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CCI Mini-Mag .22 LR Ammo: Hurls a 40-Grain at 1,235 FPS

CCI's Mini-Mag .22 LR ammunition more than lives up to its name ... here's why.

CCI Mini-Mag .22 LR Ammo: Hurls a 40-Grain at 1,235 FPS

CCI’s Mini-Mag .22 LR ammo delivers a 40-grain bullet at a velocity of 1,235 fps. More importantly, it feeds and functions beautifully in every pistol the author has tried, including his Beretta Model 71, which is his backup car gun.

We come now to a cartridge whose name is a contradiction in terms. The word “magnum” has been used (and more often misused) in a number of ways over the past century, but CCI’s Mini-Mag .22 LR sets a new standard. It might as easily have been called the “small-big,” but that doesn’t roll off the tongue quite so smoothly.

Having gotten that off my chest, my point is that the Mini-Mag more than lives up to its name(s). As a .22 Long Rifle, it’s small, handy, and relatively cheap. As a “mag,” it hurls a 40-grain solid bullet at a measured 1,235 fps, and it does so with a level of reliability, in every pistol I’ve tried, to an extent unmatched by any other ammunition.

In my experience, semiautomatics with detachable magazines are not the most reliable of guns. Most are quite finicky about their ammunition, even though .22 LR specs are the most standardized of any cartridge in the world. A few years ago, for example, a box of 500 Remington bulk .22 LR would not feed in a single semiauto pistol I owned (High Standard, Browning, or any other brand). I finally relegated it to use in a single-shot rifle.

To take my old High Standards as an example, I have nine or 10 magazines, and at one time I had six different pistols. I marked each mag as to which gun(s) they functioned with, then test-fired ammunition to see what cycled reliably. A typical magazine was marked “101 Field King—Federal Gold Medal.”

Out of an assortment of ammunition, including Federal GM, Norma Match-22 and Tac-22, Aguila, SK, RWS, and several varieties of Eley, only CCI Mini-Mags work with every gun.

For the last year or two, my backup car gun has been a Beretta Model 71. It rides with three magazines, all loaded with Mini-Mags. Now some would question carrying a .22 LR for self-defense, and they’d be right, but the Model 71 is a hideaway, always in the same spot, always available even if I forget to pack a bigger gun.

In my arsenal, there are two High Standard derringers, one in .22 LR, the other in .22 WMR. Having shot them both a lot, if I had to depend on one for defense, it would be the .22 LR mainly because it plants its bullets closer to where I want them. It has two Mini-Mags in its chambers and two more in the loops on its pocket holster.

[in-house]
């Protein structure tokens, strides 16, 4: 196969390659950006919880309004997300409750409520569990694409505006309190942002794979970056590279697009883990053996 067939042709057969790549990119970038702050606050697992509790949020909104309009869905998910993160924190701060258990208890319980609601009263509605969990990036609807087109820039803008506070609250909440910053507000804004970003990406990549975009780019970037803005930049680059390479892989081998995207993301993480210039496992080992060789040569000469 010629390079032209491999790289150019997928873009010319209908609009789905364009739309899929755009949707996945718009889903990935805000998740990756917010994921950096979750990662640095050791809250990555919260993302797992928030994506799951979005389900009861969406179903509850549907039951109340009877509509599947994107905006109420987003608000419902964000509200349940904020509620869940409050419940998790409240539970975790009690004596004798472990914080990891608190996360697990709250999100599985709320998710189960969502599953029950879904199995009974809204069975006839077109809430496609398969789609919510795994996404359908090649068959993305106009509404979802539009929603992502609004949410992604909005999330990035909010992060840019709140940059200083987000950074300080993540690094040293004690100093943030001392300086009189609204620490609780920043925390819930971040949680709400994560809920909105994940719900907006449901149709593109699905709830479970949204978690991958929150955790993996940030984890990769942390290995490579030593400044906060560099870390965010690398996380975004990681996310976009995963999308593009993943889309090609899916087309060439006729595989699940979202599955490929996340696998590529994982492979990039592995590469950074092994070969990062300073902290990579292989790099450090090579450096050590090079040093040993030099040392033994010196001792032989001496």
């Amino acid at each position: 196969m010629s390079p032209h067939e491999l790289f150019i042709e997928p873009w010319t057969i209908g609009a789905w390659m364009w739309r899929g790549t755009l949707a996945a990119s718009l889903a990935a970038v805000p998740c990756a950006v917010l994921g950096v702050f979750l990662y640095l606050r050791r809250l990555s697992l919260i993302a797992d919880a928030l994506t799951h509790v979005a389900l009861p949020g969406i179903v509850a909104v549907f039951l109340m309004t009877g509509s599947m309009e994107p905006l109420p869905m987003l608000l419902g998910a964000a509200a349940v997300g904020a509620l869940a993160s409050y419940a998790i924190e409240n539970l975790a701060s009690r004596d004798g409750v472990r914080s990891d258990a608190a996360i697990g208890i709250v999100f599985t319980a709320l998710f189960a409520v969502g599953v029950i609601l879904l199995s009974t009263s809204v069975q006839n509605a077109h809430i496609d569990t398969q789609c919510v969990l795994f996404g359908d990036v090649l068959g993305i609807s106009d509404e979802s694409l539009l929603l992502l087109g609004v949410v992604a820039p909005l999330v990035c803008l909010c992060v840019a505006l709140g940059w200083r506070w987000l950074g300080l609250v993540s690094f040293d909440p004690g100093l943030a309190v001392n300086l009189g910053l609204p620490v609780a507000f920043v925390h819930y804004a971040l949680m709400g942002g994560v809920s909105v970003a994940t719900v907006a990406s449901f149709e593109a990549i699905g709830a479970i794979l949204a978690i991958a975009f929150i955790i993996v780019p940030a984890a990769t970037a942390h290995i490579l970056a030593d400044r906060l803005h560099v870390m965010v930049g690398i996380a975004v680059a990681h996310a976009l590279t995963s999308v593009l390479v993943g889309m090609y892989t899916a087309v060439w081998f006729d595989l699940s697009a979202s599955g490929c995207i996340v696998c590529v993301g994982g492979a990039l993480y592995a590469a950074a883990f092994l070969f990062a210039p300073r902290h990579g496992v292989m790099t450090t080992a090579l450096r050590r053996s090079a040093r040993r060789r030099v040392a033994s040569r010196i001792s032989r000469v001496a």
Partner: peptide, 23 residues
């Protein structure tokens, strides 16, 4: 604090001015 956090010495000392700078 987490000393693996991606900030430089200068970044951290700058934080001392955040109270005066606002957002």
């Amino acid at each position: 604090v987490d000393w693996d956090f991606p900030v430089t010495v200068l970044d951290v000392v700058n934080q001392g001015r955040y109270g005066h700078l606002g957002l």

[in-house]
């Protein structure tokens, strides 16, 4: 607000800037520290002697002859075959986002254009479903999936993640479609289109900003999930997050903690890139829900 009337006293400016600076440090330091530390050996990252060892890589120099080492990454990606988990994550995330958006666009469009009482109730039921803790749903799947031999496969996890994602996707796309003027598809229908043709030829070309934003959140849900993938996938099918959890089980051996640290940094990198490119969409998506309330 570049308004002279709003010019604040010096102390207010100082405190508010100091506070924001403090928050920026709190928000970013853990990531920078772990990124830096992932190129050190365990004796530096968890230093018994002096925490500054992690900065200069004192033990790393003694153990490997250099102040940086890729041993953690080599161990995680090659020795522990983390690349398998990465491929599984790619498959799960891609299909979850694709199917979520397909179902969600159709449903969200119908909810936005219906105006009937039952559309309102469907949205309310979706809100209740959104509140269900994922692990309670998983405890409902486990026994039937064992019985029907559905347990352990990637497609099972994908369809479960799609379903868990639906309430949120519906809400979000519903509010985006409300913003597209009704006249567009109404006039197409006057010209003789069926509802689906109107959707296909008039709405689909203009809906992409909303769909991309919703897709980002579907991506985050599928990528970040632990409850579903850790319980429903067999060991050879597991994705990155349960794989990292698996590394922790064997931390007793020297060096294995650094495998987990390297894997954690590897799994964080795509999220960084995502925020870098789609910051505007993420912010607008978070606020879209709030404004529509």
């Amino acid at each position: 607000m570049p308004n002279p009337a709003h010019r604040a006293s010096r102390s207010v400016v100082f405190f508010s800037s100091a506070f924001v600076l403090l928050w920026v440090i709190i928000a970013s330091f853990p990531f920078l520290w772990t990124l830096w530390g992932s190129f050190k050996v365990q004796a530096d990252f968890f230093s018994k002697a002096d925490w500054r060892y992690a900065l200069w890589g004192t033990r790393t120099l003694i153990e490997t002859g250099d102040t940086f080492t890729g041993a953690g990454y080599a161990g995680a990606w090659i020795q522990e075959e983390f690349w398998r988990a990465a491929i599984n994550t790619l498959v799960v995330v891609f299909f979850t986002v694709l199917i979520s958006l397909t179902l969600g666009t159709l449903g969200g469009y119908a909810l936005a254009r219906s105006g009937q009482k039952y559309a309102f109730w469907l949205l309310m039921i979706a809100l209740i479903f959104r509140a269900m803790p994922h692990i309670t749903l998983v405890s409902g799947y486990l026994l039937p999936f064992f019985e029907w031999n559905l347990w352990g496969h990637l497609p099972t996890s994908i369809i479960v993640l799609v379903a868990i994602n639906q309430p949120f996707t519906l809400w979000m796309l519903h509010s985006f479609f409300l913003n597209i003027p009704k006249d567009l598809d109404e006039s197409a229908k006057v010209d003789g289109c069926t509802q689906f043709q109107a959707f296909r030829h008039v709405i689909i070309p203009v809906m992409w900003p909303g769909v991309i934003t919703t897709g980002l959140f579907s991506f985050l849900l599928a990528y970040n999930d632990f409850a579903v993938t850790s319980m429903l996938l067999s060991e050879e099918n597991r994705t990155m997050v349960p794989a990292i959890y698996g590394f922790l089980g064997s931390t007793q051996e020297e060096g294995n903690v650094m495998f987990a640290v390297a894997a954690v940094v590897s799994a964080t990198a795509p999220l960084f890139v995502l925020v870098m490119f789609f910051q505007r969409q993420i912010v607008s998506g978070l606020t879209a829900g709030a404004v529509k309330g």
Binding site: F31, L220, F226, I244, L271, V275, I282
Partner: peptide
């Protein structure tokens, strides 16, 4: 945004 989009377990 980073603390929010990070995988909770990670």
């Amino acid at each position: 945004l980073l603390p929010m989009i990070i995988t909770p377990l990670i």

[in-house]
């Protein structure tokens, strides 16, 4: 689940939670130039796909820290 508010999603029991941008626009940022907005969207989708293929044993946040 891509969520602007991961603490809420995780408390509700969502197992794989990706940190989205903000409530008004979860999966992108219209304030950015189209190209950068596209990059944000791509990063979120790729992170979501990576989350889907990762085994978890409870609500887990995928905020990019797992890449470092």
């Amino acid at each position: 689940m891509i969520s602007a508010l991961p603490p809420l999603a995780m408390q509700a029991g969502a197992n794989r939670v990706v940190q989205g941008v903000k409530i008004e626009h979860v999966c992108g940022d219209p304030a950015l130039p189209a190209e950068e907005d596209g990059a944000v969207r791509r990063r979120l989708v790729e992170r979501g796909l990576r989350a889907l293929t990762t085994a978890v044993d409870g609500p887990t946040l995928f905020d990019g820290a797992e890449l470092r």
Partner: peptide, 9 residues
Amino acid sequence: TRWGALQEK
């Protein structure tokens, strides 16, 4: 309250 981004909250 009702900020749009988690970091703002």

In recent years, an enormous amount of effort has gone into developing better tactical ammunition for everything from the .22 LR to the .45 Colt. In the former, some has been pretty fanciful, such as particularly explosive hollowpoint bullets and bullets designed to fragment. When I was a kid hunting woodchucks with a Cooey single-shot .22, I learned early that solids did not kill instantly, but .22 LR “Mushrooms” (as they were then called) did. This is all very well on a small animal like a gopher, but it does not necessarily translate to a human body.

As far as I can determine, professional assassins who use .22s prefer a solid, put in exactly the right place, that will penetrate to where it’s supposed to go. My Beretta Model 71 was, according to lore and legend, preferred by Mossad agents assigned to track down and dispatch Arab terrorists responsible for the murder of Israeli athletes at Munich in 1972. Frankly, that’s good enough for me.

Whether CCI Mini-Mags are the most accurate .22s around, I don’t know. They are certainly accurate enough for my purposes, and rock-solid reliability combined with optimal power trumps pinpoint accuracy every time for the applications I have in mind. And it would seem that many agree with me. When .22 Long Rifle ammunition becomes scarce, as it does with alarming regularity, it seems the first to be snatched up are the Mini-Mags. That tells you something. They live up to their name in performance, if not in size.

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